The Metro interface also creates confusion between apps that are normal desktop apps and apps that are Metro designed apps. The biggest problem here is Internet Explorer 10. By default, the IE tile (shortcut) that appears on the Metro opens the Metro version of IE 10, which is designed for a touchscreen device, making it very hard to use with a keyboard and mouse. The URL bar appears at the bottom and only when you right click. The tabs appear as images of the pages across the top when you right click and there are very few settings and configuration, again, this is made for touchscreen devices.
In order to run the traditional desktop version of IE 10 you have to open the desktop app from Metro and then run the IE shortcut from there. I find this to be very confusing and a horrible implementation of both tablet and desktop hardware into a single OS. There is a reason Apple has OS and iOS but I digress. So what if you want to the desktop version of IE10 from the Metro tile so you don’t have to go to the desktop each time you want to run IE10? Glad you asked. After a bit of research I found a small checkbox in IE settings that allows you to change the function of the tile from running the Metro version of IE to the desktop version. I checked that box and now when I run IE from the tile my desktop opens and runs the traditional IE 10.
If by now you are confused between the Metro interface and the desktop then my point has been made. Explaining this clearly isn’t easy so if it doesn’t make sense then you may just have to wait until you get to play with it. I’m also a bit concerned as to how the average user I support at work will be able to handle this paradigm shift from the Start Button to Metro interface. Maybe by the time you get it most of these issues will be fixed. Doubtful, but we can always hope.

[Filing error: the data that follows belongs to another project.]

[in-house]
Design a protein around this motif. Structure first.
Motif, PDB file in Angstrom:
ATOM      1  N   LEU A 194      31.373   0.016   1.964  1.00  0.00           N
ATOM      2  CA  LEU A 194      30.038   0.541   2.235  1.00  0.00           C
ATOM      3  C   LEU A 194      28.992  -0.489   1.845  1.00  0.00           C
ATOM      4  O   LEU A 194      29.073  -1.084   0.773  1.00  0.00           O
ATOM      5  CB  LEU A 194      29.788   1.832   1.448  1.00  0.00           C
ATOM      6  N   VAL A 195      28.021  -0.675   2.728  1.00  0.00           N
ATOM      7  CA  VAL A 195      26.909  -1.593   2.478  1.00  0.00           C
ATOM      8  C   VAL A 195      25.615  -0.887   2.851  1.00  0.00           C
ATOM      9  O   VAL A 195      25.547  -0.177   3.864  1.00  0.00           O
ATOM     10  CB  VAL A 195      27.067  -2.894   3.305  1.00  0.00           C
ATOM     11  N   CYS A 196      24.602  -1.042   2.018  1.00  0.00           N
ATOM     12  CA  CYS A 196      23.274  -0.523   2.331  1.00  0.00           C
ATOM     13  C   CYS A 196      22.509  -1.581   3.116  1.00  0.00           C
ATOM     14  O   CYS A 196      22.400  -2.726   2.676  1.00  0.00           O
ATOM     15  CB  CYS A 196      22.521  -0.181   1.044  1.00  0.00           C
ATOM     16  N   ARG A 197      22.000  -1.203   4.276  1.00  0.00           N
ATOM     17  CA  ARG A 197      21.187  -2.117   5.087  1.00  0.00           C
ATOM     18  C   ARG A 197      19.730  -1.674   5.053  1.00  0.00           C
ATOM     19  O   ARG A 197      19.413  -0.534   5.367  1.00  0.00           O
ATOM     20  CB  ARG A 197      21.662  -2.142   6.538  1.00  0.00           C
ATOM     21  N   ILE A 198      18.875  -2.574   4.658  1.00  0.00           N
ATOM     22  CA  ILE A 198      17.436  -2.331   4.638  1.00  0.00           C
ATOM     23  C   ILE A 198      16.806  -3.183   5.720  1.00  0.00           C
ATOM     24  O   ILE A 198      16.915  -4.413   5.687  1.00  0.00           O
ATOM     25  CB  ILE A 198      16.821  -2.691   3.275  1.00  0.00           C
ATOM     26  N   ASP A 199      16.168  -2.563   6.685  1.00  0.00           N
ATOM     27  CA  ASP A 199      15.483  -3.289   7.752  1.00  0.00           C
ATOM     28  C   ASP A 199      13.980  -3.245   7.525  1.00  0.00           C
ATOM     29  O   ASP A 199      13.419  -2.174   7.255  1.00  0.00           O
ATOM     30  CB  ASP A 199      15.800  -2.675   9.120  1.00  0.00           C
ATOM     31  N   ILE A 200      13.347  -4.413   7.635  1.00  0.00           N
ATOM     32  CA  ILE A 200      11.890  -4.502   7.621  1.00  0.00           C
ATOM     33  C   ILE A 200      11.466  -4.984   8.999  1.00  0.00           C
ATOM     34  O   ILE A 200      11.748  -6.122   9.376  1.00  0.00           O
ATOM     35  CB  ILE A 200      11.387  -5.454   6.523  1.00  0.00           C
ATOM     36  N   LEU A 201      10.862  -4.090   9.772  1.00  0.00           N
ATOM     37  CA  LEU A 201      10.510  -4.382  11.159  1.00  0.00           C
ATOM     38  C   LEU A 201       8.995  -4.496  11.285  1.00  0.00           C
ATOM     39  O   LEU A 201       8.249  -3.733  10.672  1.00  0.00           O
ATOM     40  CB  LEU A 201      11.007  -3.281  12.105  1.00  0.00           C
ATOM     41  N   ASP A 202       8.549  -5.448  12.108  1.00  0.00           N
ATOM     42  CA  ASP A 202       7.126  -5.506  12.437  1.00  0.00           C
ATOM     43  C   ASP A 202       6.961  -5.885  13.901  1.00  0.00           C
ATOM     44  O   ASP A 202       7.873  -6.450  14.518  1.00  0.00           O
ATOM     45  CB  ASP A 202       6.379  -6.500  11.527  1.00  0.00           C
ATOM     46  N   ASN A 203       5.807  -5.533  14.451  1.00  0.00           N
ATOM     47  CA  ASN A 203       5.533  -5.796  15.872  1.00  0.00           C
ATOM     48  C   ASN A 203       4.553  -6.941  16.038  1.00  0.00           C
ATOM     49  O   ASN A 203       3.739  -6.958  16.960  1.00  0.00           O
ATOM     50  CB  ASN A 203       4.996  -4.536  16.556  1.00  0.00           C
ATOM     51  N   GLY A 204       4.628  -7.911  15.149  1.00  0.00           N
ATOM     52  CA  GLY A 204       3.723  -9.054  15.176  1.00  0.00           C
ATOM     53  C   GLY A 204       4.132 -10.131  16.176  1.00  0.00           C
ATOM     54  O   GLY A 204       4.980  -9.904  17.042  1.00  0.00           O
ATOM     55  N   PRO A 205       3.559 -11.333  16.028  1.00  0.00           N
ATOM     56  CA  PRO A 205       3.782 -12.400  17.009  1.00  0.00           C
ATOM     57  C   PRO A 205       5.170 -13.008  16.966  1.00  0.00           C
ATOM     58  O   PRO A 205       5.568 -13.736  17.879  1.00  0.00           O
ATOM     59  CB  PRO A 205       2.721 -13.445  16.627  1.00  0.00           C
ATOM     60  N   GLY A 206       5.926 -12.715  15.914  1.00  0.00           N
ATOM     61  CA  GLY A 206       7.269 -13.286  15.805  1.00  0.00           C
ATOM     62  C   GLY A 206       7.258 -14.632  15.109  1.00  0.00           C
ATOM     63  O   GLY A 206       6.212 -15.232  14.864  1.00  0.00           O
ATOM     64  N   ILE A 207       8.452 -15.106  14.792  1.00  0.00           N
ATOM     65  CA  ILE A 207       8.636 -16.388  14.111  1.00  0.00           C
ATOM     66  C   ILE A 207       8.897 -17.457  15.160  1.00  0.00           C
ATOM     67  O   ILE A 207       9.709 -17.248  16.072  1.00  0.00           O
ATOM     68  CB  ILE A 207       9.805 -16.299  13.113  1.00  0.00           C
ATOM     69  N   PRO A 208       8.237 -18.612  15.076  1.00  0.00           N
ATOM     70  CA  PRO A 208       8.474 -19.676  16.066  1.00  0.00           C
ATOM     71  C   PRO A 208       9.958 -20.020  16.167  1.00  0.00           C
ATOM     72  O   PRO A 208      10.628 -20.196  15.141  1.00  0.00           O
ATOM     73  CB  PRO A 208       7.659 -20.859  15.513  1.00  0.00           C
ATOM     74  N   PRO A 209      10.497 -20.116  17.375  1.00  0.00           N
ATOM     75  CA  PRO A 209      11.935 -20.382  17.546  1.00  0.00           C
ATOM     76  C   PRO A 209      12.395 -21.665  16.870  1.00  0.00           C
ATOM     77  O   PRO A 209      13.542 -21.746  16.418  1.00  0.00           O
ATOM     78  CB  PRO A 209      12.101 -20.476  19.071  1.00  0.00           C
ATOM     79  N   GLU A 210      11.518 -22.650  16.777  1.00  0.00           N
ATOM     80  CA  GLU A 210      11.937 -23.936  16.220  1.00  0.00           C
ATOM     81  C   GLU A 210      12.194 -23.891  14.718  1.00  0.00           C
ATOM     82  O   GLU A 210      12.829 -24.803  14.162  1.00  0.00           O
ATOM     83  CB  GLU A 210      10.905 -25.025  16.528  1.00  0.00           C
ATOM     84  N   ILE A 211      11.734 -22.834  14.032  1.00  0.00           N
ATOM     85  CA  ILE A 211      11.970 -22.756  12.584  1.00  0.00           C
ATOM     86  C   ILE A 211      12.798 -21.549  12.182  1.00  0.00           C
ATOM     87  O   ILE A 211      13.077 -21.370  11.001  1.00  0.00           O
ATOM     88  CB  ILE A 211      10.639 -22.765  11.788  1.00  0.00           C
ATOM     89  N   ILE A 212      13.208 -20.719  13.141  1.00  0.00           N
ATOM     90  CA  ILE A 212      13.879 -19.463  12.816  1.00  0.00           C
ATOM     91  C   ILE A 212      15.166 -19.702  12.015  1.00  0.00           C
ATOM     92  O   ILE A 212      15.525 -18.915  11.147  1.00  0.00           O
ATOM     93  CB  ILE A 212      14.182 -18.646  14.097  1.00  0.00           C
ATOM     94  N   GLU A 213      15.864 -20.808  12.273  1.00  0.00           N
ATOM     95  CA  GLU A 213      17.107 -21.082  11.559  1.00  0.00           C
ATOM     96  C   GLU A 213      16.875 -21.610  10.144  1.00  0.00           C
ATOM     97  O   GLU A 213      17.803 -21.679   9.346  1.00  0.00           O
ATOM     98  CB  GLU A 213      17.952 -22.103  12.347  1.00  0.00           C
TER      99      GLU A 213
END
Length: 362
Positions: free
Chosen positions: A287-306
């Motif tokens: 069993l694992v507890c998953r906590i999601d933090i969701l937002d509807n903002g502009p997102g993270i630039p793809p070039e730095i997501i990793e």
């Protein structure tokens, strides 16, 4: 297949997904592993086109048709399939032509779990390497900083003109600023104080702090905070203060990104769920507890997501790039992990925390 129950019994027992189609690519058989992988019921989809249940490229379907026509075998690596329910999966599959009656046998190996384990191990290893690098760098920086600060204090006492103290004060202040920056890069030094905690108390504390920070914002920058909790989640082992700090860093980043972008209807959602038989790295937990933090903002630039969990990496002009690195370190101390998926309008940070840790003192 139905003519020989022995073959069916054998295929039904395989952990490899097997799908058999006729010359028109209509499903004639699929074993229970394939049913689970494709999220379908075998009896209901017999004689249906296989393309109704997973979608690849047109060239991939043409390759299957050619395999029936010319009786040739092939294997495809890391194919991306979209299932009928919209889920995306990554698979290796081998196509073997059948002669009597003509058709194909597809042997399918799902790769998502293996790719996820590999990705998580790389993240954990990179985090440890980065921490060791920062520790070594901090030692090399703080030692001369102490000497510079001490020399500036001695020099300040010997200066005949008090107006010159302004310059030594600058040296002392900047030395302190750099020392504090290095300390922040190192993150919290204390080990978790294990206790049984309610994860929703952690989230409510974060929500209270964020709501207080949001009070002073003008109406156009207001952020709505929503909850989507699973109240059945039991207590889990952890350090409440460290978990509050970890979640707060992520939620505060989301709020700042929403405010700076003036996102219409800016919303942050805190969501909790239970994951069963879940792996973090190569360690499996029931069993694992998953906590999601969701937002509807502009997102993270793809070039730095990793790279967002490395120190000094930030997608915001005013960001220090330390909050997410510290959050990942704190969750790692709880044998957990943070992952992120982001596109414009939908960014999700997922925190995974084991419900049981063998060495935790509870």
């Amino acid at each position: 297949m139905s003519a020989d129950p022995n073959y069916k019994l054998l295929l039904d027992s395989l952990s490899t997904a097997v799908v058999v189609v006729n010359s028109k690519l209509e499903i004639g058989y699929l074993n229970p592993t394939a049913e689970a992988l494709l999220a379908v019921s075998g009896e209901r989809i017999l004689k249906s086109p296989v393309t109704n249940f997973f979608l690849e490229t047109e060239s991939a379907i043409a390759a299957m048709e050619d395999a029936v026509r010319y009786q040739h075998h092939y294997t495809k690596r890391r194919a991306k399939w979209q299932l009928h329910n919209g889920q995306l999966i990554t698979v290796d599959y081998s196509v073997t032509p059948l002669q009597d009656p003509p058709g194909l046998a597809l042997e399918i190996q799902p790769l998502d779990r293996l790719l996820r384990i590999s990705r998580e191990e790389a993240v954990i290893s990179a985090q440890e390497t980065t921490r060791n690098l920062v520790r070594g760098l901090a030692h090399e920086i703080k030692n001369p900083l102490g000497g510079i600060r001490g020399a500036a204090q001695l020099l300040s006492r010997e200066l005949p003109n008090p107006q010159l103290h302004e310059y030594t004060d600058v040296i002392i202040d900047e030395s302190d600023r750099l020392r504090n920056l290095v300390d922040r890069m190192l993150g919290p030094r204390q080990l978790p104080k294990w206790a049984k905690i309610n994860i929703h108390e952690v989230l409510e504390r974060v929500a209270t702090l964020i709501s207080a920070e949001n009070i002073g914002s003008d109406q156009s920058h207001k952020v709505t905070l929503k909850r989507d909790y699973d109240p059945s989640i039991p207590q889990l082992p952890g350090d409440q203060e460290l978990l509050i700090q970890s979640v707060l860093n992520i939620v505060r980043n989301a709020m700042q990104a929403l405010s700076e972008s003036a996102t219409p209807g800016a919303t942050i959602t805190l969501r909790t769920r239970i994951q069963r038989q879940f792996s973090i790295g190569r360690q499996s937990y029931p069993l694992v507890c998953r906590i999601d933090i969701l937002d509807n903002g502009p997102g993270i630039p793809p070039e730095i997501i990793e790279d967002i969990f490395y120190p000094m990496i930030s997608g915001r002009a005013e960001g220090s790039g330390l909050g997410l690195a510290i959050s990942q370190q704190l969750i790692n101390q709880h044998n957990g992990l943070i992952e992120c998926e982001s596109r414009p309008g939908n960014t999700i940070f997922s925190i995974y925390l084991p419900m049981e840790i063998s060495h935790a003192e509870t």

Ok, changing gears. I mentioned the lack of driver support earlier. Windows 8 is supposed to have drivers for just about everything. I found that it had drivers for all of my T400 hardware except for my switchable graphics. It found a driver for the Intel part of my graphics cards but it was unable to find a driver for the ATI Radeon HD card. It correctly identified the card but was unable to start the driver. As with most manufacturers who got Windows 8 when I did AMD (owns ATI) does not yet have a driver update. I also noticed that without the driver running properly my processor temps were rather high. I also had various artifacts all over the screen that made working difficult. I could clear them with a refresh but they came back often enough to be a hindrance to productivity.